Additionally, Carol has held prestigious roles in trombone societies and festivals, becoming the first female President of the International Trombone Association in 2023.

At 26, Carol faced stage 2a Hodgkin’s Lymphoma. Her treatment journey started with ABVD chemotherapy, a tough schedule knocking her back every other week for six months, all the while continuing for work as a touring musician.

After exhausting all treatment avenues, Carol signed up for multiple clinical trials which finally put her in metabolic remission. After receiving a bone-marrow transplant, it took over two years for her blood type to match her donor’s and for her body to start producing blood on its own.

She’s now been cancer free for 12 years. Listen to Carol’s incredible survival story, as well is exploring her astounding career in music. 

Follow Carol on Instagram⁠ and Twitter⁠ find out more on her website, and listen to her podcast on Spotify for her full cancer story, told in her own words.

For more episodes of the High Point podcast, follow⁠⁠ this link⁠⁠ or ⁠⁠this one for Youtube⁠⁠.

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High Point Episode 015:

 

Wayne Hemingway, 

Placemaking and

Fashion Design

 

Wayne Hemingway, renowned designer and co-founder of fashion label Red or Dead, embarked on a fascinating journey from the world of fashion to becoming a pioneering figure in the realm of placemaking.

Wayne’s initial success with Red or Dead catapulted him into the limelight of the fashion industry. However, his passion for design extended beyond clothing; it encompassed a deep-rooted interest in shaping spaces and communities.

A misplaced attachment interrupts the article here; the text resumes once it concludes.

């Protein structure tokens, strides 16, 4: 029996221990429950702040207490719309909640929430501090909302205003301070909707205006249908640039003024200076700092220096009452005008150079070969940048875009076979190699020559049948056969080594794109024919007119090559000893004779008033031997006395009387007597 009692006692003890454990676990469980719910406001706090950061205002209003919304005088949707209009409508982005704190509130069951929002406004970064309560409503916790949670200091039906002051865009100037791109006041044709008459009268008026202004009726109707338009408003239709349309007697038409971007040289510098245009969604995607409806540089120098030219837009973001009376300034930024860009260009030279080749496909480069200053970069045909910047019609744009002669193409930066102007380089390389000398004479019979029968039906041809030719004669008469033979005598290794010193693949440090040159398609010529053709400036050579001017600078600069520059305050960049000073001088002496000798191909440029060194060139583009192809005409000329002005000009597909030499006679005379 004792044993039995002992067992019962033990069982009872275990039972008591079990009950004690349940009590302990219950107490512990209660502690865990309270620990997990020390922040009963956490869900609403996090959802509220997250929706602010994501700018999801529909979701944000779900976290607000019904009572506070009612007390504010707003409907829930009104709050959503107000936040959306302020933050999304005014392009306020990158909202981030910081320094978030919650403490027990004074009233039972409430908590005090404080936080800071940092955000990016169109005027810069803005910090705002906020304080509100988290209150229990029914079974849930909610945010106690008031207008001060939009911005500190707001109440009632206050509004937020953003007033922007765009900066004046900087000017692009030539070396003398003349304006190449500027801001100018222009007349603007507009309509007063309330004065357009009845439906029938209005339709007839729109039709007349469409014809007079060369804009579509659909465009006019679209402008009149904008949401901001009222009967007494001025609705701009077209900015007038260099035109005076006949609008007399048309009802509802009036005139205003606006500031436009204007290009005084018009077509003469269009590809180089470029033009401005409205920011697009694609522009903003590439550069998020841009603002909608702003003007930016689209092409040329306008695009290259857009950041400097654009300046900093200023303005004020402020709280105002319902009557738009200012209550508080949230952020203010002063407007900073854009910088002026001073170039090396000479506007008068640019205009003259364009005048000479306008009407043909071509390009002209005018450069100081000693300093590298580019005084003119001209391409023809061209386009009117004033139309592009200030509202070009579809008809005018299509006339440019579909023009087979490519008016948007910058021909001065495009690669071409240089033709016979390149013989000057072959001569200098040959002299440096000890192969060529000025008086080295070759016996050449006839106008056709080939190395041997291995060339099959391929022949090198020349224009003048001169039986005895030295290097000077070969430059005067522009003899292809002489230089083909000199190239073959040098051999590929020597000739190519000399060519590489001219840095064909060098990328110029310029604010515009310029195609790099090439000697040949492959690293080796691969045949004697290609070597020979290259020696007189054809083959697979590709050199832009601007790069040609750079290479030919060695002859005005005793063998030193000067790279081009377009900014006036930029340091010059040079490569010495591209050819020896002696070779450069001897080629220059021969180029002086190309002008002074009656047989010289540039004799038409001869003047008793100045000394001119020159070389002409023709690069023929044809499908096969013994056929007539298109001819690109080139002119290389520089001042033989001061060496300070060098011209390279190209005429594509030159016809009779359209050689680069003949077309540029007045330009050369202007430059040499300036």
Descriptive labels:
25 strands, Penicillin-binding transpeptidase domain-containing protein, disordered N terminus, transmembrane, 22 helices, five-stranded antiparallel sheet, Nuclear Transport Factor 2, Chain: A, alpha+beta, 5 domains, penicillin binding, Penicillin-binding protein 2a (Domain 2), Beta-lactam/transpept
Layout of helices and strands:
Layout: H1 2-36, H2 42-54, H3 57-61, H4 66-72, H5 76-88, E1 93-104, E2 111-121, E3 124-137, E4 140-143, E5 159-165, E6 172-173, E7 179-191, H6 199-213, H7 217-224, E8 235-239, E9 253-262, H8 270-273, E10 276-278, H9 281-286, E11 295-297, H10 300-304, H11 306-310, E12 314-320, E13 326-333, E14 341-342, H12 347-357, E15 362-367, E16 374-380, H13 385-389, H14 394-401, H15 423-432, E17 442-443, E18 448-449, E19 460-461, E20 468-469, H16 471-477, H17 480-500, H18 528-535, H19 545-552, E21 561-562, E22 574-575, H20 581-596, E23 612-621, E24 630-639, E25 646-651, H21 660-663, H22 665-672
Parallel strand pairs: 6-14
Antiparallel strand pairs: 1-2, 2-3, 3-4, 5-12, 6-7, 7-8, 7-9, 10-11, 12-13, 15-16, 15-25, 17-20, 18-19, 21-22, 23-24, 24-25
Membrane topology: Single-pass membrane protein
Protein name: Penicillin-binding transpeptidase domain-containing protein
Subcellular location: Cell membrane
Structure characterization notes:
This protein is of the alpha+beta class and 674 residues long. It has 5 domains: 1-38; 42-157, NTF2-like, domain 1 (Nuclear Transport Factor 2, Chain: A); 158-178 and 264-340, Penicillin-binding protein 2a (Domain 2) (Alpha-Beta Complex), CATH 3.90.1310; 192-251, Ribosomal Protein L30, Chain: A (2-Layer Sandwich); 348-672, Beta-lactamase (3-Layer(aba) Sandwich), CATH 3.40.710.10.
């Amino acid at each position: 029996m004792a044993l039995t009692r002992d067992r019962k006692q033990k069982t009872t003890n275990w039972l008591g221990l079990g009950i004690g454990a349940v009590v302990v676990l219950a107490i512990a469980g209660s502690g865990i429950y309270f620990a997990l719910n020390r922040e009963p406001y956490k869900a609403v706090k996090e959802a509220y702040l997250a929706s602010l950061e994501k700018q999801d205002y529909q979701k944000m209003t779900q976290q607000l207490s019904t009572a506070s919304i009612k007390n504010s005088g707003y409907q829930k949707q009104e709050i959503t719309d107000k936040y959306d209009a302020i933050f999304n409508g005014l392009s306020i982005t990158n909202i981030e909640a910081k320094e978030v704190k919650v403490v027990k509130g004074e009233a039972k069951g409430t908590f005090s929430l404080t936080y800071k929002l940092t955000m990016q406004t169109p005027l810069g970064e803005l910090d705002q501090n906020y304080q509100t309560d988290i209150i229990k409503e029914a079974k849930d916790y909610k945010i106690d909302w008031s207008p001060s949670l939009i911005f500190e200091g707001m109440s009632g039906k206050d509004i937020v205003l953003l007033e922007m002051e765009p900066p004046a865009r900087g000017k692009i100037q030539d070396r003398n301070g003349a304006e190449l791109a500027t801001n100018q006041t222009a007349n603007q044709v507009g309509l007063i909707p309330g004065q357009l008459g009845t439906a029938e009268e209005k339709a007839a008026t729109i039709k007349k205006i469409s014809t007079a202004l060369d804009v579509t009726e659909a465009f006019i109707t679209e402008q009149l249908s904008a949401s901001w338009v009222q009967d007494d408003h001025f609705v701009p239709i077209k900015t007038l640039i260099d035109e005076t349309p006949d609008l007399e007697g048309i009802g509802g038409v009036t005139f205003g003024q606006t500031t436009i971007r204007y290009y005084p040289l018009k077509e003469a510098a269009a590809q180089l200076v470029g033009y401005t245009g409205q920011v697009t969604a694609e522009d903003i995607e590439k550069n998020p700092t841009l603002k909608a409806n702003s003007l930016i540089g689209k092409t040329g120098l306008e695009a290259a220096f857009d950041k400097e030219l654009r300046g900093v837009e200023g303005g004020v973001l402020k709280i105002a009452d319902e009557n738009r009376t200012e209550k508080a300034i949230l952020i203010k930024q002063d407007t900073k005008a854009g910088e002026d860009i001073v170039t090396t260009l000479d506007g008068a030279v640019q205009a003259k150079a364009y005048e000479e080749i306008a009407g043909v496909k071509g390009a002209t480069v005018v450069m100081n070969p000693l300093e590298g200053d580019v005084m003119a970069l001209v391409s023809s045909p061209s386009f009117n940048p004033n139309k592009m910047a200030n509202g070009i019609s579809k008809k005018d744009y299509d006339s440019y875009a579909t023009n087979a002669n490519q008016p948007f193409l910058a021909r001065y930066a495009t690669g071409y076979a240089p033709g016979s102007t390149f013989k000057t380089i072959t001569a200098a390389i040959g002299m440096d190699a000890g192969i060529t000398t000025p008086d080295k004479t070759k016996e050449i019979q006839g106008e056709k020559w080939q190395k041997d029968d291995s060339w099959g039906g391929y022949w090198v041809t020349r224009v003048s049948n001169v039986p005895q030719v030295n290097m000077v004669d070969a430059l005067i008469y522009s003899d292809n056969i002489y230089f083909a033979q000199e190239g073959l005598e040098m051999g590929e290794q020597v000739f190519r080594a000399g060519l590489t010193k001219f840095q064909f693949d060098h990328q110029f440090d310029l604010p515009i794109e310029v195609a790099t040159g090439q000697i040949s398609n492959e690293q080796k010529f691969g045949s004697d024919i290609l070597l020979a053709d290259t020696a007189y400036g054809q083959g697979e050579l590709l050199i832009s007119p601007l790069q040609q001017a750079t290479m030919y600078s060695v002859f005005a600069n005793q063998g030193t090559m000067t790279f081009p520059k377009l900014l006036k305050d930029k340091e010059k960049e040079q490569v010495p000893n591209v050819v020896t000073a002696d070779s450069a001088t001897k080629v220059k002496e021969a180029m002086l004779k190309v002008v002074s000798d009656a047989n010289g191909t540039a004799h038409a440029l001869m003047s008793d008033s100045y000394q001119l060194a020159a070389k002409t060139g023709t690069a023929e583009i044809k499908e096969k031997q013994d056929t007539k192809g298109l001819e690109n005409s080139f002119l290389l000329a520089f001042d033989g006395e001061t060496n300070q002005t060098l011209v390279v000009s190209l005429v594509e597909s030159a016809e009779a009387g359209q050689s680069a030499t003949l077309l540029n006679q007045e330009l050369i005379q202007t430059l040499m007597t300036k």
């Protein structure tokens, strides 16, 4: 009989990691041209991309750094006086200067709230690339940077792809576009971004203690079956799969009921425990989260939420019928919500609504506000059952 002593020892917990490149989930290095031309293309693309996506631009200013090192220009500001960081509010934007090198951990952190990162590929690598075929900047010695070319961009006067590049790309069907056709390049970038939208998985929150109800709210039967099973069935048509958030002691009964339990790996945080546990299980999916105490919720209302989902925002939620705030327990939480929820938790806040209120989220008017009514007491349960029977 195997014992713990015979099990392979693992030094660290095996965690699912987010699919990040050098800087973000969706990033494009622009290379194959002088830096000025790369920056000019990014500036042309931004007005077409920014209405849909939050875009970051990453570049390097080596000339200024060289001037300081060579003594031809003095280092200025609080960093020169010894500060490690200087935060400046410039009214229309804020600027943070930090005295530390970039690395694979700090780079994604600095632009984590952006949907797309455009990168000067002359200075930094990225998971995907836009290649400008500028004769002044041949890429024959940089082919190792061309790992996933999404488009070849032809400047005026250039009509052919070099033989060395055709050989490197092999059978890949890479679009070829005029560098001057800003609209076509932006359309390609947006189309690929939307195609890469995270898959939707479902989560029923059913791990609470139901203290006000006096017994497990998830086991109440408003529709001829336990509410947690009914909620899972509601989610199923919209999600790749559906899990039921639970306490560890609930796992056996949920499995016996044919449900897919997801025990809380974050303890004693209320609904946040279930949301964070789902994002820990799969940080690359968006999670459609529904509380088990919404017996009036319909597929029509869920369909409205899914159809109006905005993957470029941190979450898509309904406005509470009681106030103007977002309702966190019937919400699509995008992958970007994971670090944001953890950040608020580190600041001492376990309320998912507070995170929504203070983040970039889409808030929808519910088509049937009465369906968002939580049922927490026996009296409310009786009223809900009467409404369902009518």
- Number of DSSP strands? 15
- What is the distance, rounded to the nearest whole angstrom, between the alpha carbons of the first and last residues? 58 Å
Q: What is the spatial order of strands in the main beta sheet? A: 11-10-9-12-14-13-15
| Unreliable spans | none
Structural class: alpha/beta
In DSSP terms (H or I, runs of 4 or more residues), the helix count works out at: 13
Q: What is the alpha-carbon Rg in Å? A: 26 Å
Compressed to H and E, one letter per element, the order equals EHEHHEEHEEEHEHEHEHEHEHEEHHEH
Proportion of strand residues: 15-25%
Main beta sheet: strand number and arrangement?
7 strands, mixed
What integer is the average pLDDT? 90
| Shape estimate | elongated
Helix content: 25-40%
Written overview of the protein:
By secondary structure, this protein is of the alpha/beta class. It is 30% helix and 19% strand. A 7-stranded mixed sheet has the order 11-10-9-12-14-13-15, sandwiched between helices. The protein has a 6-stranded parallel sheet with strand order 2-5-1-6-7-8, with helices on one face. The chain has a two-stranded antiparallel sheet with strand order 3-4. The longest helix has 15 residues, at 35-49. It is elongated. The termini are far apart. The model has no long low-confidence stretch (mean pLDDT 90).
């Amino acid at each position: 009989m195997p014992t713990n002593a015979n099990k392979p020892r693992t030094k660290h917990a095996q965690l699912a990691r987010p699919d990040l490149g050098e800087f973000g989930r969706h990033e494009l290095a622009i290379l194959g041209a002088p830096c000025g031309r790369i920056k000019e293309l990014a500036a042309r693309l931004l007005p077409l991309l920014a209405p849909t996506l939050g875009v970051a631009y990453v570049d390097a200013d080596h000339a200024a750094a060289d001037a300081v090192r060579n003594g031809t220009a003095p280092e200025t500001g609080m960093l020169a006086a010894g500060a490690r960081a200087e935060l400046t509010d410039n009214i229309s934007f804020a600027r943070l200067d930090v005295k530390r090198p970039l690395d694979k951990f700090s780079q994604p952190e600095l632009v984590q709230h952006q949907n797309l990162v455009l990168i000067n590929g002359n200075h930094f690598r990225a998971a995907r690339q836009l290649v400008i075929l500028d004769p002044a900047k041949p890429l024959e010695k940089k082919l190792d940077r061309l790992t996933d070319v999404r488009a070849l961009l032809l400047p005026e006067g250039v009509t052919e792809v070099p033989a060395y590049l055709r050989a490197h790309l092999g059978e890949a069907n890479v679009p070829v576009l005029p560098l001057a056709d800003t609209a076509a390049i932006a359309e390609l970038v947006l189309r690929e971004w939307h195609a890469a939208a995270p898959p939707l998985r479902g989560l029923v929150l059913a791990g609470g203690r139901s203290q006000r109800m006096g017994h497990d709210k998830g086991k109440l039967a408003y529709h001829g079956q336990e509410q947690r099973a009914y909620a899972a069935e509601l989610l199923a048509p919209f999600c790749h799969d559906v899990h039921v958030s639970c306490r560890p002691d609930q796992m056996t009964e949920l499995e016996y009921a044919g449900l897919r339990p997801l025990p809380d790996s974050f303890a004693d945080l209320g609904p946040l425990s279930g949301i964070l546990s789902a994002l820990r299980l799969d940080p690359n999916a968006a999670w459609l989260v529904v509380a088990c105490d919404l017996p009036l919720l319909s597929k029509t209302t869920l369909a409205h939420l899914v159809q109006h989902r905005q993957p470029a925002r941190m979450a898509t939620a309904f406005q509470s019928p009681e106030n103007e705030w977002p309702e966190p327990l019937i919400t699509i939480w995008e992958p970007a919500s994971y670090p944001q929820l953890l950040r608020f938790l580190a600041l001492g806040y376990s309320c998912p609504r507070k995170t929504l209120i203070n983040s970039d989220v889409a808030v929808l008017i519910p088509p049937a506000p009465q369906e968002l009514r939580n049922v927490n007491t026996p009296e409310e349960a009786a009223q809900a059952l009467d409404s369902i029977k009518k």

The shift from fashion to placemaking was propelled by a desire to create meaningful and impactful change in urban landscapes. He recognised the power of design in shaping human experiences and sought to channel his creative energy into projects that would transform communities. Collaborating closely with locals, he created sustainable environments that celebrated the area’s identity.

In this episode, we delve into Wayne’s career, exploring how his design prowess transcended fashion. From reimagining the uniforms for Transport for London to revolutionising urban spaces in Gateshead, join us as we unravel the fusion of creativity and community in Hemingway’s transformative projects. 

Learn more about HemingwayDesign on their website